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Agriculture Job Fair has Lethbridge County visitors

Posted on October 29, 2014 by Sunny South News

Last Wednesday afternoon Alberta Works and Alberta Agriculture and Rural Development hosted an agriculture job fair at the Provincial Building in Lethbridge, which included Ag Growth International (AGI) from Nobleford.

“This is our third time around. We’ve done this because there’s been a great success with the last ones. The employers love it, the job seekers love it and it’s just really good connections. It’s grown every single year and this one was quite easy to organize because the employers were coming to us saying, ‘we need people.’ It was 10 employers, right off the bat, I had to turn away four employers that wanted to come,” said Anna Keuth, business and industry liaison for Alberta Works, adding as space at the venue was limited.

According to organizers, the agriculture sector across the province needs more employees. Alberta Agriculture and Rural Development also organizes similar agriculture job fairs in partnership with Alberta Works in Edmonton.

“Agriculture needs workers both at the primary and in the processing side. This is a beautiful fit,” said Al Dooley, labour recruitment specialist with Alberta Agriculture and Rural Development, in regards to the job fair held in southern Alberta last week.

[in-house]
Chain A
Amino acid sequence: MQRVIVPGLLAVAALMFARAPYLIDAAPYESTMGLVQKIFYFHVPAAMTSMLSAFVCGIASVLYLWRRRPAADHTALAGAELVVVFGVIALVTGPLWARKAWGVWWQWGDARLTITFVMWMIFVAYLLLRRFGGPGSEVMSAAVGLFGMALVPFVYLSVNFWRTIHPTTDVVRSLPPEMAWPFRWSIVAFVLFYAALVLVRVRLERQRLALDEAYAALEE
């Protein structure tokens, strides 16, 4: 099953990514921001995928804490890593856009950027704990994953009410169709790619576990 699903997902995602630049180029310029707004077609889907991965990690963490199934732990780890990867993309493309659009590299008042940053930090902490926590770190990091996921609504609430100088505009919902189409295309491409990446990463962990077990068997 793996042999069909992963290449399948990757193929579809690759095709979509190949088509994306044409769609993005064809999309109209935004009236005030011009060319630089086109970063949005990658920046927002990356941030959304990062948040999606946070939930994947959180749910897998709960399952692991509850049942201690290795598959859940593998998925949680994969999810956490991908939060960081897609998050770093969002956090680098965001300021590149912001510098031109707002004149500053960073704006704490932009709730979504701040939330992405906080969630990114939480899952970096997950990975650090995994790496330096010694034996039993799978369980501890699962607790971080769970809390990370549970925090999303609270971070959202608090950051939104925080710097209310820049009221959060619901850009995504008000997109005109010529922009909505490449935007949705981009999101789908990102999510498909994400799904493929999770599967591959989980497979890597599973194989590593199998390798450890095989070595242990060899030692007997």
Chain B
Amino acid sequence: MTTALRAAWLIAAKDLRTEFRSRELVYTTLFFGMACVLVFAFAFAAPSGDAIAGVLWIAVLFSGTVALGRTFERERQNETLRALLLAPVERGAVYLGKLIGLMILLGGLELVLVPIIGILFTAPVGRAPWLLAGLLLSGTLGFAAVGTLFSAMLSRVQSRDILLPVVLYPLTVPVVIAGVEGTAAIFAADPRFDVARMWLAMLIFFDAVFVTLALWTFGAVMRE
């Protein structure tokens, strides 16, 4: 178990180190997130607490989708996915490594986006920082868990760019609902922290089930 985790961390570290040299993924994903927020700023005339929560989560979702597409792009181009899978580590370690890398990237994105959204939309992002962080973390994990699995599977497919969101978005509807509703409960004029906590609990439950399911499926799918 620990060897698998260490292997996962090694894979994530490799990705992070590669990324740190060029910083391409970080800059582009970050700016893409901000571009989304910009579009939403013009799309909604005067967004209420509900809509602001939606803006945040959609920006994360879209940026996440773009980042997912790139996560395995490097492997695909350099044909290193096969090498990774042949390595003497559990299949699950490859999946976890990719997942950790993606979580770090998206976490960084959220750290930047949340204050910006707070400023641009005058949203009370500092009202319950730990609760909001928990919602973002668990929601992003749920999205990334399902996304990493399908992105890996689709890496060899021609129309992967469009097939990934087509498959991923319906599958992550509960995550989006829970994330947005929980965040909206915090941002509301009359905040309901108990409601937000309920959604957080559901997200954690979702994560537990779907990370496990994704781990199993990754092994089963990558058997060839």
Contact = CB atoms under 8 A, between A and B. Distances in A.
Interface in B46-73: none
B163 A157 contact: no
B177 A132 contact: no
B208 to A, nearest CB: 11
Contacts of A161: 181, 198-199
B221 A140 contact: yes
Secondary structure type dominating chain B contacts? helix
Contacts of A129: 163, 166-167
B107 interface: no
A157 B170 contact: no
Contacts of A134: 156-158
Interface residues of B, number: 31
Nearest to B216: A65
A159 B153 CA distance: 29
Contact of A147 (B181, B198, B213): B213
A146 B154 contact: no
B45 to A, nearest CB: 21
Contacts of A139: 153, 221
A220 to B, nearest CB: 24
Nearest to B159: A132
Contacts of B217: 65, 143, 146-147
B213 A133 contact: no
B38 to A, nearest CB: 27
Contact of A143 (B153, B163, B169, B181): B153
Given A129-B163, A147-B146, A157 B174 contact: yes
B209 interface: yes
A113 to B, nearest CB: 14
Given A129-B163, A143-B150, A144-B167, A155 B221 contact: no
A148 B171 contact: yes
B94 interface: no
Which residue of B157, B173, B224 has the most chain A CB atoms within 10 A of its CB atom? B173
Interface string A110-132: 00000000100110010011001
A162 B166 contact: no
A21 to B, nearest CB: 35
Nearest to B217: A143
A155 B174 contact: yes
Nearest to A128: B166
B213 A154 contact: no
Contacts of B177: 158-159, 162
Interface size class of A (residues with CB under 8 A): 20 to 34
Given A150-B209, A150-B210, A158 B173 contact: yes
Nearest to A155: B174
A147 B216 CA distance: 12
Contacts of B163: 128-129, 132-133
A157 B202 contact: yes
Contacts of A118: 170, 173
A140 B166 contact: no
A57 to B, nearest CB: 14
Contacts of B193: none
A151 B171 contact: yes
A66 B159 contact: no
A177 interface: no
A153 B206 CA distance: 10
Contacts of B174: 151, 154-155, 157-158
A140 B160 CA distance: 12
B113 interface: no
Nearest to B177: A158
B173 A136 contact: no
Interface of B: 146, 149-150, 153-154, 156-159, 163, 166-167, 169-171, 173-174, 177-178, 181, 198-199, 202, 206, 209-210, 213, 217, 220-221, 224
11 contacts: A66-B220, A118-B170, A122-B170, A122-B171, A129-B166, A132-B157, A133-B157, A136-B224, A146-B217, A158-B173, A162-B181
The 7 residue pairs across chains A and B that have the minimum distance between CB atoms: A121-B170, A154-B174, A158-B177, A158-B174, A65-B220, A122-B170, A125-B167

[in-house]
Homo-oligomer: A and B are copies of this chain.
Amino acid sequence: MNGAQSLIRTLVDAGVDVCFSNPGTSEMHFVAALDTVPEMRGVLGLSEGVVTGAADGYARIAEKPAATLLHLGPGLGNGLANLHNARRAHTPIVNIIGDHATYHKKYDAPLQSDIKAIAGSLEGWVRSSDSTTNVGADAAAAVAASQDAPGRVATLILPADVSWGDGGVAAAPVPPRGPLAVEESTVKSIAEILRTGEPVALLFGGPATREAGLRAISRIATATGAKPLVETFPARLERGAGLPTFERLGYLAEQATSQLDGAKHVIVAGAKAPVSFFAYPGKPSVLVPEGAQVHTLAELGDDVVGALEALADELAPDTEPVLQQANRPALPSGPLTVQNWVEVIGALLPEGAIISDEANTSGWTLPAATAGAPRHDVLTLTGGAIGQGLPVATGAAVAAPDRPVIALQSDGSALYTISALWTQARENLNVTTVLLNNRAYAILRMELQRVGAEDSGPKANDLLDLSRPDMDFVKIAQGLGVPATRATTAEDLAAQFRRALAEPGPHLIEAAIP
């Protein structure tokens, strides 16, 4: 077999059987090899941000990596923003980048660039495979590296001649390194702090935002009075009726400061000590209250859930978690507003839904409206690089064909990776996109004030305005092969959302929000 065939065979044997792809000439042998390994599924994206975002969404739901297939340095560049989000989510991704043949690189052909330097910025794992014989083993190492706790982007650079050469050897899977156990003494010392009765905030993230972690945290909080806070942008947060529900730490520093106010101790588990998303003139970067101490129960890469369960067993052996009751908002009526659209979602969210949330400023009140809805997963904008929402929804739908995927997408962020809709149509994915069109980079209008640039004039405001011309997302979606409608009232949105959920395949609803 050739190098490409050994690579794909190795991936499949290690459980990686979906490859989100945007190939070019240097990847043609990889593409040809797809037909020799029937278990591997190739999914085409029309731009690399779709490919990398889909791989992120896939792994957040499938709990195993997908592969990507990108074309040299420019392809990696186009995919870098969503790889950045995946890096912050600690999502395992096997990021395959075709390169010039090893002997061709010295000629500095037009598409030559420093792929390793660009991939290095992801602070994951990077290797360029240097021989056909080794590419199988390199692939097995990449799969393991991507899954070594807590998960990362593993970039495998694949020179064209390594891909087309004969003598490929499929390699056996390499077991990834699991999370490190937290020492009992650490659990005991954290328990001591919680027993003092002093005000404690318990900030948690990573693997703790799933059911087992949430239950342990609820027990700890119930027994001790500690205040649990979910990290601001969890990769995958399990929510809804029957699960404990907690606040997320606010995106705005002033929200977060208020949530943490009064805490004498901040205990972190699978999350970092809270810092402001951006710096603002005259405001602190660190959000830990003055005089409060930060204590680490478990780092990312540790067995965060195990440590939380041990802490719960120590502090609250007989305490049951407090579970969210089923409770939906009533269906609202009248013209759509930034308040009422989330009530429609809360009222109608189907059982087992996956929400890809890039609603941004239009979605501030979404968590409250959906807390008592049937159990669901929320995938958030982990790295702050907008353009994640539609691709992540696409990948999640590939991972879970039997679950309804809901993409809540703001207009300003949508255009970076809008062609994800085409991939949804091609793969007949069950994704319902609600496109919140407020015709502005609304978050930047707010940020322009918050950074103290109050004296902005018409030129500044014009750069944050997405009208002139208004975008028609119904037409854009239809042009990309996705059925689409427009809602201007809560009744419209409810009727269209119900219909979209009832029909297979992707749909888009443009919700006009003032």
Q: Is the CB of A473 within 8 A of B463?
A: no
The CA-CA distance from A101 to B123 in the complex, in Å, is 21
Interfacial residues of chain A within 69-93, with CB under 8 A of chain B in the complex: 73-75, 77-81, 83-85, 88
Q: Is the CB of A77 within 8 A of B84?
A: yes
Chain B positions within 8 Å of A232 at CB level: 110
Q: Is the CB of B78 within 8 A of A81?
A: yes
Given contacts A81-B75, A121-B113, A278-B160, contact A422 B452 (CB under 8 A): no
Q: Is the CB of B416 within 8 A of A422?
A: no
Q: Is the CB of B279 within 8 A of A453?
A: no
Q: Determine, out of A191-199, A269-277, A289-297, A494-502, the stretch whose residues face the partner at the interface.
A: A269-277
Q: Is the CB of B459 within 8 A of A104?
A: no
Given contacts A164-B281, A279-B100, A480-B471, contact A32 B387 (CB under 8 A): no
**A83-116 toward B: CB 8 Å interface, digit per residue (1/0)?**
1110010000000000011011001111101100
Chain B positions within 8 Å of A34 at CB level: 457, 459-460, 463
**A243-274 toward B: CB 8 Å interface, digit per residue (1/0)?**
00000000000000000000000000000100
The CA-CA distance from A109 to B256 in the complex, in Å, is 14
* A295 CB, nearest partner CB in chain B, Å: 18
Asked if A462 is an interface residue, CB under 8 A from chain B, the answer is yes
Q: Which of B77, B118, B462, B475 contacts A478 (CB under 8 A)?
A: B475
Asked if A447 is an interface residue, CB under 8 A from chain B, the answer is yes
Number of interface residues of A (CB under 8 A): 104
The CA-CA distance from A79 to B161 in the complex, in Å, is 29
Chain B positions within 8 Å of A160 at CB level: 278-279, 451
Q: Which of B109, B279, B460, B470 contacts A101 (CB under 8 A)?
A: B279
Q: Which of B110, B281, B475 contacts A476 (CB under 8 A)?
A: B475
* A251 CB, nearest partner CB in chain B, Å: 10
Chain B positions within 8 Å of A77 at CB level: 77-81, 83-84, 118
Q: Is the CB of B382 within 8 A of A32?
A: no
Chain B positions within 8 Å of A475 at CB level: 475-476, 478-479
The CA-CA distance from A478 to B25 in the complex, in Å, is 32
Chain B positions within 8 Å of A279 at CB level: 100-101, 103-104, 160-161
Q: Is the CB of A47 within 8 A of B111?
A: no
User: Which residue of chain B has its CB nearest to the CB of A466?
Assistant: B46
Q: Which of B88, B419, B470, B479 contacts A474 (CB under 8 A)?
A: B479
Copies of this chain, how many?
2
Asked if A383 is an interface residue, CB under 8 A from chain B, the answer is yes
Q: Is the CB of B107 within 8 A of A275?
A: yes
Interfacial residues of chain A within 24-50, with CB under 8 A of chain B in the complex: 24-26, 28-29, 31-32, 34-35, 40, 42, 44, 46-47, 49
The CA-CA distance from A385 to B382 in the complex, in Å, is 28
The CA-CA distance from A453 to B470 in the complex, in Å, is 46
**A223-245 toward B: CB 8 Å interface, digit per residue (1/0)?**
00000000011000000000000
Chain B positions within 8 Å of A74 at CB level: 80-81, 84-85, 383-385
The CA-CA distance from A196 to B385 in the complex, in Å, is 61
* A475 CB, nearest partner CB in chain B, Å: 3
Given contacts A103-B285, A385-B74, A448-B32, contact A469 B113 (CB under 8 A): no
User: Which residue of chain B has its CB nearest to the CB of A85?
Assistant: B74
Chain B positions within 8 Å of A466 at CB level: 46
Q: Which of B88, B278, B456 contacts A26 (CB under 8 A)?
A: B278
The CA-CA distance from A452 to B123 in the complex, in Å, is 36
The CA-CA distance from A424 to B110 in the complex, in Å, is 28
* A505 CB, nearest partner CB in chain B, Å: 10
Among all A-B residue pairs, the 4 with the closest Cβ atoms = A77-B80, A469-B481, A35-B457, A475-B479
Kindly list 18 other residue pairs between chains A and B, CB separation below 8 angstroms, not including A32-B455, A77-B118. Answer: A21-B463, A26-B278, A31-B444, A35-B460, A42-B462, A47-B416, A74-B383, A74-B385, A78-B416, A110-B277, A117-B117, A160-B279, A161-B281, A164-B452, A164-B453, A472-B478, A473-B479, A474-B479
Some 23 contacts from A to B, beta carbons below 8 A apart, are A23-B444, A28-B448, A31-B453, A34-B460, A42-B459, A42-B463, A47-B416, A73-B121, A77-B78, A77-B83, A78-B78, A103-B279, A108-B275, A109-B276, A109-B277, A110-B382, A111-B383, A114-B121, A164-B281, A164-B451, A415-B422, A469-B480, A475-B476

Dooley said his leg of the government works with Alberta Works to put on job fairs specific to the agriculture industry and to offer opportunities to all Albertans.

“There’s a lot of opportunities and lots of room for advancement. It’s Lethbridge and area. We’ve got an employer from Brooks here and we’ve got a few from Taber,” added Keuth.

Keuth also believes agriculture job fairs are a good opportunity for a diverse sector of jobseekers.

“Part-time and full-time, temporary positions, seasonal positions — a little bit for everyone. It just kind of depends on what you’re looking for,” she said.

Dooley said he thinks there’s a belief the job fair is only for farm labourers.

“We have everything from farm labour to skilled trades jobs, millwrights, electricians, welders — the industry is quite broad in the terms of the scope,” Dooley explained.

Heather Kerr, manager of human resources at AGI, was one of the participants in last week’s agriculture job fair.

“This is the third time that we’ve participated in this event. The reason that we enjoy doing it and like doing it is because we’re with similar employers. Generally, when you go to a job fair, you’re the sole Ag person in a sea of oil and gas and you just can’t compete. We are all the same wage bracket, looking for the same types of people in the same industry, so it makes it a lot easier and you’re attracting the same type of people,” said Kerr.

Reports estimate around 100 jobseekers visited the job fair throughout the afternoon.

“We’ve had a whole range of people.We’ve had everybody from students to experienced people to new workers in Canada, some foreign workers — a broad range of people with different skill sets. Some people just experienced a layoff, some people are just getting out of school, and some people are looking to change their career field,” added Kerr.

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